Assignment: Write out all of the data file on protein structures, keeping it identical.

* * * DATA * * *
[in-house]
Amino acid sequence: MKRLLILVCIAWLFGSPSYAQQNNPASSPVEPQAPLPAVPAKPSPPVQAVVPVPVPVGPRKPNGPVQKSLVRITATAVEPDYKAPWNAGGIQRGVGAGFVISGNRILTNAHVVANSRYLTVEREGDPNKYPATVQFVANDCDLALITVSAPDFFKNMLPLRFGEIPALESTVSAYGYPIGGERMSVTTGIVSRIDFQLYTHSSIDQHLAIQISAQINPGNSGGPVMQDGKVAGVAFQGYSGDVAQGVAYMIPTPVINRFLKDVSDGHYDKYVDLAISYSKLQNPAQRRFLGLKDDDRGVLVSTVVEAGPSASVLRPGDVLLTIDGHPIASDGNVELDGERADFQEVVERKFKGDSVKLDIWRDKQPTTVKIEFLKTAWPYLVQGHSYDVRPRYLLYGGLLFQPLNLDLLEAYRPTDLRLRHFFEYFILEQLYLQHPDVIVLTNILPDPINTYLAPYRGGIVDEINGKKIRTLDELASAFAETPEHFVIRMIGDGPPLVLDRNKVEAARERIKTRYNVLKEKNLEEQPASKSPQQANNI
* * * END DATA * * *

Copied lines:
[in-house]
Amino acid sequence: MKRLLILVCIAWLFGSPSYAQQNNPASSPVEPQAPLPAVPAKPSPPVQAVVPVPVPVGPRKPNGPVQKSLVRITATAVEPDYKAPWNAGGIQRGVGAGFVISGNRILTNAHVVANSRYLTVEREGDPNKYPATVQFVANDCDLALITVSAPDFFKNMLPLRFGEIPALESTVSAYGYPIGGERMSVTTGIVSRIDFQLYTHSSIDQHLAIQISAQINPGNSGGPVMQDGKVAGVAFQGYSGDVAQGVAYMIPTPVINRFLKDVSDGHYDKYVDLAISYSKLQNPAQRRFLGLKDDDRGVLVSTVVEAGPSASVLRPGDVLLTIDGHPIASDGNVELDGERADFQEVVERKFKGDSVKLDIWRDKQPTTVKIEFLKTAWPYLVQGHSYDVRPRYLLYGGLLFQPLNLDLLEAYRPTDLRLRHFFEYFILEQLYLQHPDVIVLTNILPDPINTYLAPYRGGIVDEINGKKIRTLDELASAFAETPEHFVIRMIGDGPPLVLDRNKVEAARERIKTRYNVLKEKNLEEQPASKSPQQANNI